Indian army personnel operating on the disputed Himalayan border with China reportedly spent six months observing suspected Chinese spy drones before finding out the objects were planets.
After 329 separate sightings and 155 violations of the Line of Actual Control (the Himalayan border between the two nations) officials recruited a team of astronomers to find out exactly what the mysterious intruders were.
After close observation the astronomers reported that the 'aircraft' spotted in the sky were in fact Venus and Jupiter.
“Our task was to determine whether these unidentified objects were celestial or terrestrial,” said Tushar Prabhu, a senior astronomer who spoke to Calcutta-based paper, The Telegraph.
Prabhu's team were informed that one object was visible from a vantage point nearly 5,000 metres above sea level, appearing in the horizon from about 6pm until 5am the next day. A second appeared at 4am but had disappeared without fail by 11 the same morning.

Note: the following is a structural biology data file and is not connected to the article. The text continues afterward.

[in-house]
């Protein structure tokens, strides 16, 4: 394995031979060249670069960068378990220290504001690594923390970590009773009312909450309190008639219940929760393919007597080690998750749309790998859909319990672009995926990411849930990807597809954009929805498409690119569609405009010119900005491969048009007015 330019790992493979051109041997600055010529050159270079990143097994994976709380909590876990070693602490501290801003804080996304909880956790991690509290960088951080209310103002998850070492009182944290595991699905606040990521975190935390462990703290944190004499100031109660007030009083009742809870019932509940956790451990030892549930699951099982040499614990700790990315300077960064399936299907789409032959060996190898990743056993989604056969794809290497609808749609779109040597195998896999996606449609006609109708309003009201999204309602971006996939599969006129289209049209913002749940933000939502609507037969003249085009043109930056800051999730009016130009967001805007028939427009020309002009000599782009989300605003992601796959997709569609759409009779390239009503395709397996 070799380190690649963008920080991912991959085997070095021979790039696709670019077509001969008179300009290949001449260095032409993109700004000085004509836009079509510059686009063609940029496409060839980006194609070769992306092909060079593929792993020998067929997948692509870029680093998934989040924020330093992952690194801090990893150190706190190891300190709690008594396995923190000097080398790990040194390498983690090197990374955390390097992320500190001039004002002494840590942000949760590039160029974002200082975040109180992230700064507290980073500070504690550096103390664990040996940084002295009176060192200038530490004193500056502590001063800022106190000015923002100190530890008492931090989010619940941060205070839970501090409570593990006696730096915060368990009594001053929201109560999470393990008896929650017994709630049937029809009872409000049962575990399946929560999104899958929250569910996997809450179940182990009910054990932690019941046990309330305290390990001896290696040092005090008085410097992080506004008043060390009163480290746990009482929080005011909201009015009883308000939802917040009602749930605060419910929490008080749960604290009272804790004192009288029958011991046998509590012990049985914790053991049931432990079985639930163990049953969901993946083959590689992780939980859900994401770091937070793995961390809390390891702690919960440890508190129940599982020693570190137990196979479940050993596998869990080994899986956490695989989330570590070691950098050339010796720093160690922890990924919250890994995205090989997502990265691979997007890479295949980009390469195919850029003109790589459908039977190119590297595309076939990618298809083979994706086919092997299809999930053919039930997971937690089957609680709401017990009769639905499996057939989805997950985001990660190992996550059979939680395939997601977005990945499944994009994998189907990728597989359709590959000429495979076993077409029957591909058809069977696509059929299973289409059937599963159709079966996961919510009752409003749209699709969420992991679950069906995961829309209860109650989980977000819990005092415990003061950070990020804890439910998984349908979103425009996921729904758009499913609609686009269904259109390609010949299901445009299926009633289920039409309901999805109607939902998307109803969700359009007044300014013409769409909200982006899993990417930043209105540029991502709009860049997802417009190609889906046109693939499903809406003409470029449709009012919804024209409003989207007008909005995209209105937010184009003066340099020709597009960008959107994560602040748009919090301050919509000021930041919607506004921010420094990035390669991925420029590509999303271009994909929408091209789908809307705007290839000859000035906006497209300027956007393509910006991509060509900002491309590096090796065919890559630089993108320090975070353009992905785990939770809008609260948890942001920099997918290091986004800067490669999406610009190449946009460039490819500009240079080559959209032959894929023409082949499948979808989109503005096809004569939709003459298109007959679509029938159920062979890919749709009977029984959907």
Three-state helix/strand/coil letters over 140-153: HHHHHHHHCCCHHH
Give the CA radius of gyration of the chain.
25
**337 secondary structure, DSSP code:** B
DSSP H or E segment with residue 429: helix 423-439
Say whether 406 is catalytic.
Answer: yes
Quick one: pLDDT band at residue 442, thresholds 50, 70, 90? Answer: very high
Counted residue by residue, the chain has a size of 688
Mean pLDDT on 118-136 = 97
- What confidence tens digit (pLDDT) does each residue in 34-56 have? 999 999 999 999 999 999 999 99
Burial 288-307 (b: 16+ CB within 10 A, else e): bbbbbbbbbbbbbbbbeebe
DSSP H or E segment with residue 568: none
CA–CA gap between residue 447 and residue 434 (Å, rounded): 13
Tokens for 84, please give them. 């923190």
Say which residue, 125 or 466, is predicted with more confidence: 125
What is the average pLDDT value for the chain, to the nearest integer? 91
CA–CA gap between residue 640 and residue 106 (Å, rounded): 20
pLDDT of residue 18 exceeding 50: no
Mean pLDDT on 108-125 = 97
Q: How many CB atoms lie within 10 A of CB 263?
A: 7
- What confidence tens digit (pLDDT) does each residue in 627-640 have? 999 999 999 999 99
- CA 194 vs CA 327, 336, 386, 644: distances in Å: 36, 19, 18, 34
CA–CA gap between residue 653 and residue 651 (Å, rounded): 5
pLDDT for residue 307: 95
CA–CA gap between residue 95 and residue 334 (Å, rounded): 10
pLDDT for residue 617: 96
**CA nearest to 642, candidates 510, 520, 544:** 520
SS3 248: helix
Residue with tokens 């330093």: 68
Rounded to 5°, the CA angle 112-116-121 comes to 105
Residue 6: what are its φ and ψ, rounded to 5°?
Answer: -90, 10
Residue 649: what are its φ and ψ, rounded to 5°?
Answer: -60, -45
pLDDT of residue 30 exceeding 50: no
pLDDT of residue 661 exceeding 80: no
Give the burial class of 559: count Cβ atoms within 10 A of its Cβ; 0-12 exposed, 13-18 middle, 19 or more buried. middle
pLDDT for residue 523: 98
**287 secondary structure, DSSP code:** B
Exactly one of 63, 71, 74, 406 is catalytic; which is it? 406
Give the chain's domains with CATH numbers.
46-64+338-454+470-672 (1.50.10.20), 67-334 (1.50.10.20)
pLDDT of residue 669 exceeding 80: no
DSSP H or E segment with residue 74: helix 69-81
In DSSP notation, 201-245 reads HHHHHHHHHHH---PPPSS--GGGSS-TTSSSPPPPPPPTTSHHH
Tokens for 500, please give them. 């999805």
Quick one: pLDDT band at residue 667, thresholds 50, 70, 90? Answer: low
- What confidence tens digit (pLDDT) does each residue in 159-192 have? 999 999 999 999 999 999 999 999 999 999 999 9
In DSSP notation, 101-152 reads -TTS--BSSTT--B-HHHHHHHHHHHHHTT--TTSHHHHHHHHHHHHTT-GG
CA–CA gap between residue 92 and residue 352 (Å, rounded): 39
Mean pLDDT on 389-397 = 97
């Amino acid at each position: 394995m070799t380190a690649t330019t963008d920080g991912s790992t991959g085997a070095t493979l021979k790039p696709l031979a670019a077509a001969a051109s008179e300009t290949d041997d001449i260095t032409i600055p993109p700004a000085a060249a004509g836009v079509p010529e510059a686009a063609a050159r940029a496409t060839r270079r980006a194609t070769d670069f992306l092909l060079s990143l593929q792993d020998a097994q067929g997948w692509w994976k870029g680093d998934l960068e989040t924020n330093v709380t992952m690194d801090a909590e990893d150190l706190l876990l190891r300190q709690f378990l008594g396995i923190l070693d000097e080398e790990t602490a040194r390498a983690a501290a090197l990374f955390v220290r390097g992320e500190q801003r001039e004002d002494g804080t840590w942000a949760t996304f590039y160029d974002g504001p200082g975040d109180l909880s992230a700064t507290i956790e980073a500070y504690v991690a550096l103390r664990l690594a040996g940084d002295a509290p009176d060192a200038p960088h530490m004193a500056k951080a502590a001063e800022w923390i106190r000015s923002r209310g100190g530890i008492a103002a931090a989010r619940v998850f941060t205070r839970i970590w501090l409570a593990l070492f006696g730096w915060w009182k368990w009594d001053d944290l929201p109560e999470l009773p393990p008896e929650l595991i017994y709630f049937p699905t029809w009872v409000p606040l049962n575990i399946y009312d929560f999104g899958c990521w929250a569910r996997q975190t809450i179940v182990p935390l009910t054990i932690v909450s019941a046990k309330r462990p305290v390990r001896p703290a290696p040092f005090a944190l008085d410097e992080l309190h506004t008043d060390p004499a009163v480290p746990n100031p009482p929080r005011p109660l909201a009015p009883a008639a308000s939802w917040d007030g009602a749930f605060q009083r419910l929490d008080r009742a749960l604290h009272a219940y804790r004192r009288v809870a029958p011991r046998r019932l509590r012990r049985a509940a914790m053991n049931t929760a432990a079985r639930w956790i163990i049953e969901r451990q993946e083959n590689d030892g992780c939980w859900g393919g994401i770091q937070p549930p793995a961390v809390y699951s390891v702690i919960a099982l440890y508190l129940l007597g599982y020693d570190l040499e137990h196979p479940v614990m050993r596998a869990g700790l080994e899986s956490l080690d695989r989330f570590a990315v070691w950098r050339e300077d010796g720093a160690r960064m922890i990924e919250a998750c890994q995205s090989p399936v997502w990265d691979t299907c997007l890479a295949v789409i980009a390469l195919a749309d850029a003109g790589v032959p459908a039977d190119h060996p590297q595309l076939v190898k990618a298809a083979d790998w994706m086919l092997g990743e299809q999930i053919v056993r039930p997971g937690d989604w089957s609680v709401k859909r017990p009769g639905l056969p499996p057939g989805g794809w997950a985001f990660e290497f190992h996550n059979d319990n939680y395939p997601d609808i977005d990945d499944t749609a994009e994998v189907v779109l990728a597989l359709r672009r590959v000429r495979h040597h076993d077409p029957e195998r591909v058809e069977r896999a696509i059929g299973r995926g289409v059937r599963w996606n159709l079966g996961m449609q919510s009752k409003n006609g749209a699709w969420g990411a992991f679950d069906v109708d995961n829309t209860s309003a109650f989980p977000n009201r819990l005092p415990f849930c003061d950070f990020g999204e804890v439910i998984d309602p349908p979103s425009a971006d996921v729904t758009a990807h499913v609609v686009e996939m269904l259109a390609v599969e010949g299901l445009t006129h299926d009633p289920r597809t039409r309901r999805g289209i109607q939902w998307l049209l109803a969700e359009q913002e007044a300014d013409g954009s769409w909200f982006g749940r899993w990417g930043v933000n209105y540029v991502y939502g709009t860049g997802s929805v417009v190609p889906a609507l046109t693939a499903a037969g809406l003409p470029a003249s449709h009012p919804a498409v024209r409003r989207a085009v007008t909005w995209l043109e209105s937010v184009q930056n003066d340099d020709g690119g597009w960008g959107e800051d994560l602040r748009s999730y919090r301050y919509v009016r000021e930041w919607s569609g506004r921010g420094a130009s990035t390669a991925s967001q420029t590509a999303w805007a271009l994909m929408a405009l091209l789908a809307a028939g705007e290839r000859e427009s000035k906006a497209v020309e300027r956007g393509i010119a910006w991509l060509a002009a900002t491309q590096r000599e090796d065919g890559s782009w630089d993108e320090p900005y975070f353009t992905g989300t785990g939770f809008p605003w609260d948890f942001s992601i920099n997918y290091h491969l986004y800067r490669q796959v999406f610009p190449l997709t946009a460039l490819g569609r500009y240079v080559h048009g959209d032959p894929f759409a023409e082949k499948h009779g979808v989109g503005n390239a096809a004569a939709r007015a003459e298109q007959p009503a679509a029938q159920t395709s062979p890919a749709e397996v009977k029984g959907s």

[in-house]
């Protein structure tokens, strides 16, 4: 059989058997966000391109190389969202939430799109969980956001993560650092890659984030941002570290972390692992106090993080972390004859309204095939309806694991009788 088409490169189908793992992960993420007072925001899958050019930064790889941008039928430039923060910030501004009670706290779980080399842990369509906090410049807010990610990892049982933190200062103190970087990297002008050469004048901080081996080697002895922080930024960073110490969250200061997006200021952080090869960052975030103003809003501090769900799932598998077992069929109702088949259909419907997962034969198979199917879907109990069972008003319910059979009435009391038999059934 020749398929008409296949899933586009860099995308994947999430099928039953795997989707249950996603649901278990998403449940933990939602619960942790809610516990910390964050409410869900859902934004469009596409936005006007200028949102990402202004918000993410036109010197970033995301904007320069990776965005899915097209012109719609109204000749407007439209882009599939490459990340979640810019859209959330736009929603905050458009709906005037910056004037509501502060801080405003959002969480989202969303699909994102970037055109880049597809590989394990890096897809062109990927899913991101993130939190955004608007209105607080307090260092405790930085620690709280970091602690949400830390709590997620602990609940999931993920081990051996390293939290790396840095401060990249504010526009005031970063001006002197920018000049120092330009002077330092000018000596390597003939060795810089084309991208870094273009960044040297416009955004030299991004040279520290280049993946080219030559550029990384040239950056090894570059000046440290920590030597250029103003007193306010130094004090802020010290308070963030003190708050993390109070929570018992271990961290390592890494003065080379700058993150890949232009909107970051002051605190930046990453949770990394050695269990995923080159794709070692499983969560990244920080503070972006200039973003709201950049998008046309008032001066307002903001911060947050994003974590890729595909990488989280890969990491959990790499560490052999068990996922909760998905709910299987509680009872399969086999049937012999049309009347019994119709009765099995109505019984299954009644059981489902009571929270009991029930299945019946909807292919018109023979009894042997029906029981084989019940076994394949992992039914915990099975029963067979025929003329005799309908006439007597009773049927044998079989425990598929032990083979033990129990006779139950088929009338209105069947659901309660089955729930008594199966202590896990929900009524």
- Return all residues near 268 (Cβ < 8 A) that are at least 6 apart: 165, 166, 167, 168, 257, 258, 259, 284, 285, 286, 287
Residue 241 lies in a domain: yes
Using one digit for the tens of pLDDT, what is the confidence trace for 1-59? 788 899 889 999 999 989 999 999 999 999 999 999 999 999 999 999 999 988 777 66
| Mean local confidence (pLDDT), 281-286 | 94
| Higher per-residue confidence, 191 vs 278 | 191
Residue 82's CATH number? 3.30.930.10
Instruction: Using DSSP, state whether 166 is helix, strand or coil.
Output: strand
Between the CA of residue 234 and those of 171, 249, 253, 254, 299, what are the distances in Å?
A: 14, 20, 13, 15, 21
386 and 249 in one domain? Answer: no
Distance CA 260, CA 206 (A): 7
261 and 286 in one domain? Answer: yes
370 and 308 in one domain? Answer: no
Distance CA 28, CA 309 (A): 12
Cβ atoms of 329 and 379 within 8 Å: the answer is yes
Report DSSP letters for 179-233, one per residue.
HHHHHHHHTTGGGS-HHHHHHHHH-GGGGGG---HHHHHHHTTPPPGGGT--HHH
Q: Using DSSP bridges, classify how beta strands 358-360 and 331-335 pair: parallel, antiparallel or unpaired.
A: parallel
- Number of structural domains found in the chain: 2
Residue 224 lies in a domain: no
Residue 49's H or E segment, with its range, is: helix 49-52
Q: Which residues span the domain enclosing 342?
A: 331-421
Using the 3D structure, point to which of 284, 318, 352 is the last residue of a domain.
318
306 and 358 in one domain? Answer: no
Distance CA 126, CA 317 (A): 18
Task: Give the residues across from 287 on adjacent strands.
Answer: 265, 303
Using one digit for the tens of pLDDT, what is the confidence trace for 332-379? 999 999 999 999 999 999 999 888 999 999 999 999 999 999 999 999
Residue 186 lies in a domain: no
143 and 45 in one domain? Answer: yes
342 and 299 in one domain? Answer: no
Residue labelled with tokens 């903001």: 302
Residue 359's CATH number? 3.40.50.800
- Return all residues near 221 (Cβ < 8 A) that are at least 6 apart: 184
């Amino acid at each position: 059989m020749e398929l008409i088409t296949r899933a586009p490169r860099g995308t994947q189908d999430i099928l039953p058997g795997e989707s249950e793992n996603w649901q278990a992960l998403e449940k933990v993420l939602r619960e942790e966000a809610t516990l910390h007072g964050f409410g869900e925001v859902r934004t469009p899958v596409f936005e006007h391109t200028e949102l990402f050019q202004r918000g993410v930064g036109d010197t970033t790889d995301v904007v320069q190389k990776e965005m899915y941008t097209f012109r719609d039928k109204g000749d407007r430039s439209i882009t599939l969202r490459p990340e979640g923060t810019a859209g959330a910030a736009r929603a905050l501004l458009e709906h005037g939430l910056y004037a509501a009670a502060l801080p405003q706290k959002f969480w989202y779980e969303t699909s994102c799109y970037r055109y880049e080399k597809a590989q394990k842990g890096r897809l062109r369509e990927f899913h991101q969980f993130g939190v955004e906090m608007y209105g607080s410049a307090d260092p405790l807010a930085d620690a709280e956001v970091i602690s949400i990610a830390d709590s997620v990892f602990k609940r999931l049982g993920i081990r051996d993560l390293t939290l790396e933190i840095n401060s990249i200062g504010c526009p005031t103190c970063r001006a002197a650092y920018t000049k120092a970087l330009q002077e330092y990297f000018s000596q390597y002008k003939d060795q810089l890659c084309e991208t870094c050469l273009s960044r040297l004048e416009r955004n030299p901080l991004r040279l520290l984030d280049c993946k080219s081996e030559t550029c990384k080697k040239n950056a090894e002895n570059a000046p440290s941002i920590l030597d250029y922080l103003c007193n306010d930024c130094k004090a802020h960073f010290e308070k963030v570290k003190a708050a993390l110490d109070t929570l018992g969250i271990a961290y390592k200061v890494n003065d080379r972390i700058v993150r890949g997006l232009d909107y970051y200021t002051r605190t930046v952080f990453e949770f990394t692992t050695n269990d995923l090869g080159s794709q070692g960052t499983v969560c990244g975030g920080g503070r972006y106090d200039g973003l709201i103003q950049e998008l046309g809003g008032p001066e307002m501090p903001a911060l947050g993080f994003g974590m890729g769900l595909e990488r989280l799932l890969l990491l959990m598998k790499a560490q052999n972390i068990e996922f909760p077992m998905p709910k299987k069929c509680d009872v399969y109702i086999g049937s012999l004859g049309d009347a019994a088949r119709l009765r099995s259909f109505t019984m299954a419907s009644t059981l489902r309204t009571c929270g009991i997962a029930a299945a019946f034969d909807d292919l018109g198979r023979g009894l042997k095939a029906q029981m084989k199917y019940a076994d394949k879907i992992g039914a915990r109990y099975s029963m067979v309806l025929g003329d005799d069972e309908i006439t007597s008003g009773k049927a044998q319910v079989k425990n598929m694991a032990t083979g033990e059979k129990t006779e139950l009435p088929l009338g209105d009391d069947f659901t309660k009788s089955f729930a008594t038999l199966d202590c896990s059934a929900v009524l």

Despite army personnel reporting that the objects appeared as the brightest lights in the sky and that they always seemed to move in relation to the stars, it was not until astronomers requested that the army record a log of horizontal and vertical elevations for the figures that they were identified as planets. Their apparent motion was due to the rotation of the Earth.
Although the mistake seems rudimentary, the area where the incident occured is a notorious hotspot for disputes between the two countries; border violations in the region were used as a pretext for the 1962 India-China War.
As the use of drones for surveillance rises in popularity the number of trangression reported in the region has escalted. With such a history it's no surprise that tensions are high.